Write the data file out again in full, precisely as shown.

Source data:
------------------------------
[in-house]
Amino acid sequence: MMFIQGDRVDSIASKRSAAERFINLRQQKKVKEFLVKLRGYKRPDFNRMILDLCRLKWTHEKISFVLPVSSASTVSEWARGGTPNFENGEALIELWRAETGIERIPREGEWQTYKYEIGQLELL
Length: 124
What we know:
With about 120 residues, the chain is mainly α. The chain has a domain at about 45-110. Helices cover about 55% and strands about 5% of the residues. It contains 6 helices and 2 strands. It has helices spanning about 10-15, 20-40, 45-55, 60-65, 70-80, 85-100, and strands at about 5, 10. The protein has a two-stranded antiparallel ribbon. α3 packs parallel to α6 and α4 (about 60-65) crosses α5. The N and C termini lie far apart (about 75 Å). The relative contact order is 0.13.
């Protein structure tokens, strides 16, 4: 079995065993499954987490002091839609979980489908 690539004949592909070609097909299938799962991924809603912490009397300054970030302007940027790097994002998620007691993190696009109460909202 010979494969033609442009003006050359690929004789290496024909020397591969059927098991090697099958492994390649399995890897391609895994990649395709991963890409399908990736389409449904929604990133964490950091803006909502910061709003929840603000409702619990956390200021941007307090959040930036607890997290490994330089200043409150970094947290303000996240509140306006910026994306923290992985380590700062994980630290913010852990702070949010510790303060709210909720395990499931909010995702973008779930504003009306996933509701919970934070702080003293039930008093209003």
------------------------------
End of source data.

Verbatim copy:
[in-house]
Amino acid sequence: MMFIQGDRVDSIASKRSAAERFINLRQQKKVKEFLVKLRGYKRPDFNRMILDLCRLKWTHEKISFVLPVSSASTVSEWARGGTPNFENGEALIELWRAETGIERIPREGEWQTYKYEIGQLELL
Length: 124
What we know:
With about 120 residues, the chain is mainly α. The chain has a domain at about 45-110. Helices cover about 55% and strands about 5% of the residues. It contains 6 helices and 2 strands. It has helices spanning about 10-15, 20-40, 45-55, 60-65, 70-80, 85-100, and strands at about 5, 10. The protein has a two-stranded antiparallel ribbon. α3 packs parallel to α6 and α4 (about 60-65) crosses α5. The N and C termini lie far apart (about 75 Å). The relative contact order is 0.13.
């Protein structure tokens, strides 16, 4: 079995065993499954987490002091839609979980489908 690539004949592909070609097909299938799962991924809603912490009397300054970030302007940027790097994002998620007691993190696009109460909202 010979494969033609442009003006050359690929004789290496024909020397591969059927098991090697099958492994390649399995890897391609895994990649395709991963890409399908990736389409449904929604990133964490950091803006909502910061709003929840603000409702619990956390200021941007307090959040930036607890997290490994330089200043409150970094947290303000996240509140306006910026994306923290992985380590700062994980630290913010852990702070949010510790303060709210909720395990499931909010995702973008779930504003009306996933509701919970934070702080003293039930008093209003």